Patients that have suffered chronic stress or trauma are more likely to suffer from Alzheimer's. It isn’t 100% clear how stress and Alzheimer's are related, but the possible culprit might be the microglia, the immune system of the brain. These cells, the microglia, are usually helpful to the neurons by removing rubish that accumulates in our brains. If over-activated by stress, however, they can have problems performing their duties and leave the detritus that helps in the progression of Alzheimer's in the brain. In this situation, they can also produce an asphyxiating environment for neurons, contributing to the loss of cells that happens during Alzheimer’s.

So how can we avoid chronic stress? Well, that’s not an easy answer as the exact strategy depends on each person, their preferences and their relation to work. The first thing, though, is to set boundaries. Define the time that you are going to spend on the activity that stresses you and stay away from things related to it after the allotted time. Log out of your email, switch off your work phone if possible, put away your books when you are done studying. You can also take the opposite approach and define a time for your hobbies. Blurring the line between work and private life is very easy, that's why we need to set some rules. If you want more tips about how to manage these boundaries, you can listen to this episode of Work Life with Adam Grant: When Work Takes Over Your Life.

We can also help our hippocampus out - the brain region that was strongly affected by stress - by doing sport. Walking for approximately 1 h a day is enough to increase the volume of the hippocampus which, if you remember, shrinks during chronic stress. Regular physical activity can also act as an antidepressant and helps against cardiovascular disease, as we all know, plus diabetes and dementia. There are, of course, other things you can do to manage stress. However, if the problem is severe, please visit a psychologist who can give you tips that better apply to you.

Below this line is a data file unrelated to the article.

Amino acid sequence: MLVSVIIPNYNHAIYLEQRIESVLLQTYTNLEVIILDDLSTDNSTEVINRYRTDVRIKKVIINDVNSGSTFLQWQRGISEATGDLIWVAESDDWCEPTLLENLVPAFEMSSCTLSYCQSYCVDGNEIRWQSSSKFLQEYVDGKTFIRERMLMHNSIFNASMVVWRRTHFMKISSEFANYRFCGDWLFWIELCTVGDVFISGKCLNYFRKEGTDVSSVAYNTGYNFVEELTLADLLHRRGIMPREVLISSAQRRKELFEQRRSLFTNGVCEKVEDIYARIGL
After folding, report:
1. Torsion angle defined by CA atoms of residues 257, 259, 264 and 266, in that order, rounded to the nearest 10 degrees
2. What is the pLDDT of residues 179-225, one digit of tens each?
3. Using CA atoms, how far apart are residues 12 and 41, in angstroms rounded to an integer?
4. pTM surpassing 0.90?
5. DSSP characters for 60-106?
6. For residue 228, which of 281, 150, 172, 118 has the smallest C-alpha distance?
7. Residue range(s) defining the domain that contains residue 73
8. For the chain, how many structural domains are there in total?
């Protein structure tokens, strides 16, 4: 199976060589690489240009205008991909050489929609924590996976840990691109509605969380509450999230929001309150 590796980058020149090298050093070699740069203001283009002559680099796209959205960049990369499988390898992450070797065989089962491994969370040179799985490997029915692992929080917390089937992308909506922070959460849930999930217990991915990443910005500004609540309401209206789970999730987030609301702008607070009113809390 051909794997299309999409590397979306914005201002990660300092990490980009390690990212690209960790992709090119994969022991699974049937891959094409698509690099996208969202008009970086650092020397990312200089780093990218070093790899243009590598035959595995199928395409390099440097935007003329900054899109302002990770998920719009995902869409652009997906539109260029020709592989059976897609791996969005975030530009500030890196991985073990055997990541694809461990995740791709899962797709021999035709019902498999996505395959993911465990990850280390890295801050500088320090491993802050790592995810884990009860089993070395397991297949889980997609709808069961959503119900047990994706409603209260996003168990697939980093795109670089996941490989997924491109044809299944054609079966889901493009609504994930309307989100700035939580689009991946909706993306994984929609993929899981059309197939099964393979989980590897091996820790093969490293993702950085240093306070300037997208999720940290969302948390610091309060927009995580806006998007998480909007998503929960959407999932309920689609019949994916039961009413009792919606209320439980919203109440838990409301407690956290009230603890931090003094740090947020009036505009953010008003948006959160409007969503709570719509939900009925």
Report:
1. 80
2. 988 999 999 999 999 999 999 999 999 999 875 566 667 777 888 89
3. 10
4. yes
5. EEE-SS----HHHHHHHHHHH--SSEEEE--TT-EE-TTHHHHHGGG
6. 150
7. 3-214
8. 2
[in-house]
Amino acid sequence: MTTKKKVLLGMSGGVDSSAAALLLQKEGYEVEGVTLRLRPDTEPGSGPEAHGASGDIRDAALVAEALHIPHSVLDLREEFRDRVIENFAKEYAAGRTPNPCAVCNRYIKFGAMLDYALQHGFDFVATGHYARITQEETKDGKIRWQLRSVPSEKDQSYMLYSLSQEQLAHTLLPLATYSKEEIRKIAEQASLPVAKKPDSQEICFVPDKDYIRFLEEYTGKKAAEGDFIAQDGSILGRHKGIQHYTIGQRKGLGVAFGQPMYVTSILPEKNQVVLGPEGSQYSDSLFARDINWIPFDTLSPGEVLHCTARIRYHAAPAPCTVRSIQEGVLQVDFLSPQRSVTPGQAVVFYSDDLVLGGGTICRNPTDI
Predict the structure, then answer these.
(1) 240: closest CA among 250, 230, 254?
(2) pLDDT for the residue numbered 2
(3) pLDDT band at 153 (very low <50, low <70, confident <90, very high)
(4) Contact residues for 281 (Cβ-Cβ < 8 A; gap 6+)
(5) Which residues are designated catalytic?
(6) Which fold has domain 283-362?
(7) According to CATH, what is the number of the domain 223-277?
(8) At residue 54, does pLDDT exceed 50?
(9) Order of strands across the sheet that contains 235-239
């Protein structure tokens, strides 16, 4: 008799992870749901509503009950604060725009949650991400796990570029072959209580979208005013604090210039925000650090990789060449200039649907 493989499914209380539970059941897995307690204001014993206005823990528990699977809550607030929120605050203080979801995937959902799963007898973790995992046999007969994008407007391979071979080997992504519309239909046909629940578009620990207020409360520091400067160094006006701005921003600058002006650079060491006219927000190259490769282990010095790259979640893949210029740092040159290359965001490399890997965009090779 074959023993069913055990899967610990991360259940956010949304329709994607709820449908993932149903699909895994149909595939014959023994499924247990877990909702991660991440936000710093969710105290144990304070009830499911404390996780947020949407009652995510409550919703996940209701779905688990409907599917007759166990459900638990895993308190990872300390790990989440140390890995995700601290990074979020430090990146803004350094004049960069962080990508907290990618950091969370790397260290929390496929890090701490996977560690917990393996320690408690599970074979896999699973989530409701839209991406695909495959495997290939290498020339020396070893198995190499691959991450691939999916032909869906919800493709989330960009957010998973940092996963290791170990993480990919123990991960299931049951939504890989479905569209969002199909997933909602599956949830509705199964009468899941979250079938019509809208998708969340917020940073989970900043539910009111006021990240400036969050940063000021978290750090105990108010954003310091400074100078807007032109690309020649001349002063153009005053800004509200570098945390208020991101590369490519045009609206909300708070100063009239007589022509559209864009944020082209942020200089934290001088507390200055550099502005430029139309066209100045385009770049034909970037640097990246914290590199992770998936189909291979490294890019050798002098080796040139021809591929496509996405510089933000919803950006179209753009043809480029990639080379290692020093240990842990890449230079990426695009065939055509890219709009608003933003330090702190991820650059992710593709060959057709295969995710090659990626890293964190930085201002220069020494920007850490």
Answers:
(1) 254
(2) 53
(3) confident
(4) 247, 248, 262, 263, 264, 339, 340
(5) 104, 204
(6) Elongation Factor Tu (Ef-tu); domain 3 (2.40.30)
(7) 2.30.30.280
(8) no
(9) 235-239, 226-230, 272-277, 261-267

Well, we are done for today. I've arranged the main take-home messages right here:

  • Stress can make us sick: brain disorders, cardiovascular disease and diabetes are some examples
  • Being stressed is not a death sentence - stress predisposes to disease, but we can regulate our stress levels. And maybe your genetic background can save you, but you might not want to put all your eggs in that basket.
  • You can try to mitigate chronic stress by unplugging from the things that stress you and dedicating time to your hobbies or preferred relaxing routines. Sport is always a good option ;)

I hope I didn't scare you too much; just enough so that you do 10 min of daily meditation, maybe? And remember to stay tuned if you want to know more about mental health!

Oh and by the way, especially during these trying times, please remember to check on that friend of yours who is having a rough time. Maybe they got fired because of COVID-19, maybe they were just now transitioning to a new job that is no longer available, maybe they are living alone or they are stuck with someone toxic in their apartment. This is hard for everyone, so let's extend our digital hand to support those we care about. If you need more than your friends' help, please keep in mind that many psychologists are still tending to patients via virtual calls.

References:

1. Kloet, E. R. de, Joëls, M. & Holsboer, F. Stress and the brain: from adaptation to disease. Nat. Rev. Neurosci. 6, 463–475 (2005).

2. McEwen, B. S. Brain on stress: How the social environment gets under the skin. Proc. Natl. Acad. Sci. 109, 17180–17185 (2012).

3. Bisht, K., Sharma, K. & Tremblay, M.-È. Chronic stress as a risk factor for Alzheimer’s disease: Roles of microglia-mediated synaptic remodeling, inflammation, and oxidative stress. Neurobiol. Stress 9, 9–21 (2018).

4. Work Life with Adam Grant: When Work Takes Over Your Life.

5. Alzheimer's Disease Fact Sheet, NIH: https://www.nia.nih.gov/health/alzheimers-disease-fact-sheet

mental health
Laura Sotillos Elliott
Laura Sotillos Elliott
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Laura Sotillos Elliott

Future doctor. Interested in science communication in all its forms: writing, podcasting, organizing scientific events...

Follow me on twitter at @addict_science

See all posts by Laura Sotillos Elliott